Wednesday, February 23, 2011
As an incoming freshman, Nina Joffe was invited to participate in Rider’s Freshman Science Honors Program, which enabled her to start independent research her first year at Rider. Since then, Joffe, now a junior Environmental Science major, has been conducting groundbreaking research with Dr. Julie Drawbridge, professor of Biology.
Their research is based on a population of salamanders that breed in vernal ponds on the Lawrenceville campus every spring. In particular, Joffe is studying the symbiotic relationship between salamander embryos and the algae located inside the developing capsules. While Joffe and Drawbridge know that the embryo provides nutrients to the algae and the algae provide oxygen to the embryo, not much is known about the algae species.
So far, Joffe, who spends two to three days per week in the lab, has collected a substantial amount of genetic information about the algae. Now, she is trying to determine if the strain is a previously described species or one new to science. So far her data suggest that they might be closely related to a strain collected in eastern Europe in the 1940s. By determining the species of the algae, the researchers will have a better indication of where these algae come from and where they go after the ponds dry up.
“No one has really studied this particular example of symbiosis. The research explores who these algae are. Where do they go? Where do they come from?” Drawbridge explained. “When the salamanders hatch in a couple of weeks in March, what do the algae do? Do they have a free-living lifestyle?”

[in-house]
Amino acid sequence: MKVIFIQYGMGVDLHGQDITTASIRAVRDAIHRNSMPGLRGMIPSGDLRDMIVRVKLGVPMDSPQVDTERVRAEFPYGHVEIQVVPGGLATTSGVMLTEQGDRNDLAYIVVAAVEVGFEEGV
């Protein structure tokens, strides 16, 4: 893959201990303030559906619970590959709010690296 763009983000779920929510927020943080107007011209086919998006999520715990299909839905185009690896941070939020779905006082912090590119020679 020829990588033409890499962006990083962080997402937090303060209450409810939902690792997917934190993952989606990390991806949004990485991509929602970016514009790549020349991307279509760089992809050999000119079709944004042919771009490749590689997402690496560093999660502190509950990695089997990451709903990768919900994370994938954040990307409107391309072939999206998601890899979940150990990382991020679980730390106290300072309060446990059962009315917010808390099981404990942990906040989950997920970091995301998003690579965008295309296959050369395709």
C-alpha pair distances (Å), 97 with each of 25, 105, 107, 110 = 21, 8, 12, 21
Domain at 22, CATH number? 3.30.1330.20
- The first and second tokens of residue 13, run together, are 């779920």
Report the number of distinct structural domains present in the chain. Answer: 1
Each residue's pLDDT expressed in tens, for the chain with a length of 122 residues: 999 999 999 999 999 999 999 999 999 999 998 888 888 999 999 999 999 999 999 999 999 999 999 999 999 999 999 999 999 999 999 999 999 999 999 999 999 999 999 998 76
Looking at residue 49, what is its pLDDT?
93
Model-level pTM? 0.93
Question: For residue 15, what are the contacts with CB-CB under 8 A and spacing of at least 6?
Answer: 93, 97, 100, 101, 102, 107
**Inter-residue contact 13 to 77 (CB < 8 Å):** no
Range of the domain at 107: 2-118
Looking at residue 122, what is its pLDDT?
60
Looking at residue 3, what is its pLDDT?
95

Joffe’s time in Drawbridge’s research lab has paid off — literally. Recently, she was awarded a $6,250 fellowship grant from the Independent College Fund of New Jersey’s Merck Undergraduate Science Endeavors Program. The grant will be vital as Joffe continues her research in the lab this spring and summer, and presents her work at the Ecological Society of America’s national meeting this summer in Austin, Texas. Joffe, who plans to study Ecology in graduate school, particularly the interaction between different species, said the recent grant exhibits her dedication to research.
Drawbridge agrees. “I think the grant and Nina’s experience in the lab will really set her apart as she explores graduate schools. The grant shows that she is proactive and is willing to seek out funds, which are skills highly valued in science.”